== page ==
|Alternative names||Rosca de biscocho|
|Type||Cookie, pastry, biscuit|
|Place of origin||Philippines|
|Region or state||Leyte and Samar|
|Main ingredients||lard, anise, flour, sugar, butter, and egg yolks|
|Variations||with tuba palm wine as liqueur ingredient|
In Philippine cuisine, roscas or biscocho de roscas refers to a pastry cookie product from the province of Leyte, mainly from the towns of Barugo and Carigara, made from lard, anise, flour, sugar, butter and eggs. Roscas are initially shaped as crescents or penannular rings (hence the name—roscas is Spanish for "rings"). Each of the roscas is then cut in half before baking, resulting in two separate elbow-shaped cookies.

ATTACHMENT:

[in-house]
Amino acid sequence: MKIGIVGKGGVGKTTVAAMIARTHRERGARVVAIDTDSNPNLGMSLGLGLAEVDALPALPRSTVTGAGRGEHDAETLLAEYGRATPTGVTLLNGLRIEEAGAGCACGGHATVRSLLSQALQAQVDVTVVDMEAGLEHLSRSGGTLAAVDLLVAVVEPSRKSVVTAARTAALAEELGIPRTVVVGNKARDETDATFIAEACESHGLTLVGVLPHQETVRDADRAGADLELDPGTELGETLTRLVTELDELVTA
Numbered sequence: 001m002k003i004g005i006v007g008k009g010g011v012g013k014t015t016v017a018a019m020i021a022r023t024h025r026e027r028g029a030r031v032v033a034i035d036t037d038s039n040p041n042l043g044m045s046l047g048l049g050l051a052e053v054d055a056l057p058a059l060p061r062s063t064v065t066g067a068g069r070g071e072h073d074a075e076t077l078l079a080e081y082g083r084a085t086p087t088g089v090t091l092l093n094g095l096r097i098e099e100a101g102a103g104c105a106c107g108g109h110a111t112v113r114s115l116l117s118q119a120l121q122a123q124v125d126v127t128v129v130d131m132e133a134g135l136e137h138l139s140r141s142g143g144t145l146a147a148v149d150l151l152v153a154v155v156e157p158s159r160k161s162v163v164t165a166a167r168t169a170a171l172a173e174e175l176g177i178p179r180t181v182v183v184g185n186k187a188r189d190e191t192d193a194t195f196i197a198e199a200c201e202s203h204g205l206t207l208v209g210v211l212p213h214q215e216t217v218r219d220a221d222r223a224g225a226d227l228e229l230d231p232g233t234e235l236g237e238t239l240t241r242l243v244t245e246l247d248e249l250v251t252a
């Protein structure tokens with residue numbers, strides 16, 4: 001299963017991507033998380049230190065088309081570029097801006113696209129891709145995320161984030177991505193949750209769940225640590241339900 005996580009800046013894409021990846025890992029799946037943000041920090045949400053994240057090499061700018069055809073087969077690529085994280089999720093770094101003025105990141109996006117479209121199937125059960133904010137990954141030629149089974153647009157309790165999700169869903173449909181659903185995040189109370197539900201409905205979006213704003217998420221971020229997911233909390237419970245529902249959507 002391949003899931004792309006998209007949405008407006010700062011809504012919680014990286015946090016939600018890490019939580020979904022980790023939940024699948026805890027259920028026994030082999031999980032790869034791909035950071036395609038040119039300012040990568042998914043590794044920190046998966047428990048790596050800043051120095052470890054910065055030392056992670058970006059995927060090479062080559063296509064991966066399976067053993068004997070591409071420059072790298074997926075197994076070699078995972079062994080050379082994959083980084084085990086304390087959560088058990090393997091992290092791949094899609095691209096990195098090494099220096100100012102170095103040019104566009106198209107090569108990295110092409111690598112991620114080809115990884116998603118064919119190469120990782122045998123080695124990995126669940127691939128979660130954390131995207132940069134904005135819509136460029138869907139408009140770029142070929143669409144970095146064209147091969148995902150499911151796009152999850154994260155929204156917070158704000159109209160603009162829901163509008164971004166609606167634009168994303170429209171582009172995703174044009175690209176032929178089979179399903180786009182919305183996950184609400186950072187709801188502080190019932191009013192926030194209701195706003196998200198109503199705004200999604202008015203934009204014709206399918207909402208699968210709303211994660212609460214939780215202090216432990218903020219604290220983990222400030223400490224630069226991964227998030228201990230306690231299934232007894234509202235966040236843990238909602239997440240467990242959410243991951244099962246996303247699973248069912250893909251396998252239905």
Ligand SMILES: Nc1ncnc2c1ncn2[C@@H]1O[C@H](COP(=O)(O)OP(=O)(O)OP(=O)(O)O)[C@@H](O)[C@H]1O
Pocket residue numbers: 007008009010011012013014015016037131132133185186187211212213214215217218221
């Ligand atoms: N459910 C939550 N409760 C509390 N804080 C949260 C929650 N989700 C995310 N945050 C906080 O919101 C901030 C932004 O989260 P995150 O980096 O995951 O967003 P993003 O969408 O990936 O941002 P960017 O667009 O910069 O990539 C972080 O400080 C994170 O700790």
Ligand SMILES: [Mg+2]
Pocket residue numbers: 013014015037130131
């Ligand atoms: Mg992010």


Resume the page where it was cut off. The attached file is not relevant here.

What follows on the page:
While some claim that this pasalubong pastry cookie traces its history to the Spanish era, others have indicated that roscas-making in Leyte was started in the town of Barugo by a returning migrant in the late 1960s whose success was replicated in the nearby town of Carigara and the far town of Calbayog in Samar province. What original dish the roscas derive from remains unspecified, however.